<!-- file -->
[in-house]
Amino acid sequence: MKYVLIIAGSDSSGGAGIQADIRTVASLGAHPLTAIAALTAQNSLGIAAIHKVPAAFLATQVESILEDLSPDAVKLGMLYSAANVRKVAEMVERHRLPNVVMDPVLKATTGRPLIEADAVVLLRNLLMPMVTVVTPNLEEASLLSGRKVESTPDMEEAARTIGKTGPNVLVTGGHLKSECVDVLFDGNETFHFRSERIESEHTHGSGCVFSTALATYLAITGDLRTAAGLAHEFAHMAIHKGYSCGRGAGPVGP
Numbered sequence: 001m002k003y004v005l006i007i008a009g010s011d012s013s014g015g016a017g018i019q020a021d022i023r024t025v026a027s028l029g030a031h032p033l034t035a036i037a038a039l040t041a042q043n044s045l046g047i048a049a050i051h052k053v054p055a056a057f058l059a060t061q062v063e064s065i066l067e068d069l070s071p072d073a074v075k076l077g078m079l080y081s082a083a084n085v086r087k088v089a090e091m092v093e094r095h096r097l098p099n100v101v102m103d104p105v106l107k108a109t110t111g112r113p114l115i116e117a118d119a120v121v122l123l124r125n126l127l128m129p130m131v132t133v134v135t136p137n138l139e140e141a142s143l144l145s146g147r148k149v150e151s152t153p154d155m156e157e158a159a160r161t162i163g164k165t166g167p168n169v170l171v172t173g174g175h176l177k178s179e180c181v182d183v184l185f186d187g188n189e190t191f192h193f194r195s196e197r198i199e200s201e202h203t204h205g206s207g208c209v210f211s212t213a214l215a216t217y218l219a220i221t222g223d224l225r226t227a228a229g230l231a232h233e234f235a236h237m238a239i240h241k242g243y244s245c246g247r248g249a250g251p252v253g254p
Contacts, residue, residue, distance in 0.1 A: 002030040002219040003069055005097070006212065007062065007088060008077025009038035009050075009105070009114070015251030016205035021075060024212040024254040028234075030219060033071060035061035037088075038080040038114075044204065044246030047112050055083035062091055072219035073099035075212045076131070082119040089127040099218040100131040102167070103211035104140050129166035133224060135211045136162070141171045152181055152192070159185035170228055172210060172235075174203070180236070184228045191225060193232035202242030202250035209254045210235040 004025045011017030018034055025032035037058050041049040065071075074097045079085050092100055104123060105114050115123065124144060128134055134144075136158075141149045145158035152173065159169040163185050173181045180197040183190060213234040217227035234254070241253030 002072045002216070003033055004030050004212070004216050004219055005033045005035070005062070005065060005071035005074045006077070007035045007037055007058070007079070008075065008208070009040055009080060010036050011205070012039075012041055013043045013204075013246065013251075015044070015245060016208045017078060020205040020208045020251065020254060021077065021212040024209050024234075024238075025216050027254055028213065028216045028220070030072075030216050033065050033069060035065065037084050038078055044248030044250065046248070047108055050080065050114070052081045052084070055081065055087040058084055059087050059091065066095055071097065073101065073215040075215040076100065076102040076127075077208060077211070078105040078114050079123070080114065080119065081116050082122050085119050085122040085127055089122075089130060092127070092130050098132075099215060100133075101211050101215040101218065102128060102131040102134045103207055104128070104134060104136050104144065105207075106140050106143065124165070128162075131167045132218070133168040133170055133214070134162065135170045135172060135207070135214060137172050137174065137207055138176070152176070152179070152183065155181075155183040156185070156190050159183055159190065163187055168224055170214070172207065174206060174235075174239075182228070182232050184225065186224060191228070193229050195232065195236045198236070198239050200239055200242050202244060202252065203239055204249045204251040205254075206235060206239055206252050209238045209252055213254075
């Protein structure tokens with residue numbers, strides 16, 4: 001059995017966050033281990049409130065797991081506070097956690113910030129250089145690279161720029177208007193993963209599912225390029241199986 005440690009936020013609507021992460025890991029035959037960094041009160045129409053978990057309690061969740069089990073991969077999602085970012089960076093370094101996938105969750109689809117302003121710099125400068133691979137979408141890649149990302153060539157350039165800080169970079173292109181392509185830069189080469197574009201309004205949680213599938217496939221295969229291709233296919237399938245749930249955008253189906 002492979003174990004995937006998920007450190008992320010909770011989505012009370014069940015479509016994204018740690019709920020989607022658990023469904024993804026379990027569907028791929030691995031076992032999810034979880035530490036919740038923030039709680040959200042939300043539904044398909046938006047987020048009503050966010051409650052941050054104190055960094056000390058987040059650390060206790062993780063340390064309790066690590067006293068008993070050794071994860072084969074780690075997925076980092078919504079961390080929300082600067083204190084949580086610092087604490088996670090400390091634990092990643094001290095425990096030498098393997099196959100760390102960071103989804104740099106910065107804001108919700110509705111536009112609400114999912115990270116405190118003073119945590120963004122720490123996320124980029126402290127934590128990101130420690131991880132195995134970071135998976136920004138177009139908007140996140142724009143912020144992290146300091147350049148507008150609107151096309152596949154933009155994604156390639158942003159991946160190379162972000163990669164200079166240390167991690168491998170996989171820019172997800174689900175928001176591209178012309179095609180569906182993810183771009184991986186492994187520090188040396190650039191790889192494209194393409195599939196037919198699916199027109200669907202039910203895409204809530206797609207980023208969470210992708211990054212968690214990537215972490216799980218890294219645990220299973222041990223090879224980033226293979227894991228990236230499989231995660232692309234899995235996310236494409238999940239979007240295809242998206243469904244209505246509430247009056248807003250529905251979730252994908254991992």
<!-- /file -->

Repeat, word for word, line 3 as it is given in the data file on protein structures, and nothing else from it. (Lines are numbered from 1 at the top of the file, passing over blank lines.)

Numbered sequence: 001m002k003y004v005l006i007i008a009g010s011d012s013s014g015g016a017g018i019q020a021d022i023r024t025v026a027s028l029g030a031h032p033l034t035a036i037a038a039l040t041a042q043n044s045l046g047i048a049a050i051h052k053v054p055a056a057f058l059a060t061q062v063e064s065i066l067e068d069l070s071p072d073a074v075k076l077g078m079l080y081s082a083a084n085v086r087k088v089a090e091m092v093e094r095h096r097l098p099n100v101v102m103d104p105v106l107k108a109t110t111g112r113p114l115i116e117a118d119a120v121v122l123l124r125n126l127l128m129p130m131v132t133v134v135t136p137n138l139e140e141a142s143l144l145s146g147r148k149v150e151s152t153p154d155m156e157e158a159a160r161t162i163g164k165t166g167p168n169v170l171v172t173g174g175h176l177k178s179e180c181v182d183v184l185f186d187g188n189e190t191f192h193f194r195s196e197r198i199e200s201e202h203t204h205g206s207g208c209v210f211s212t213a214l215a216t217y218l219a220i221t222g223d224l225r226t227a228a229g230l231a232h233e234f235a236h237m238a239i240h241k242g243y244s245c246g247r248g249a250g251p252v253g254p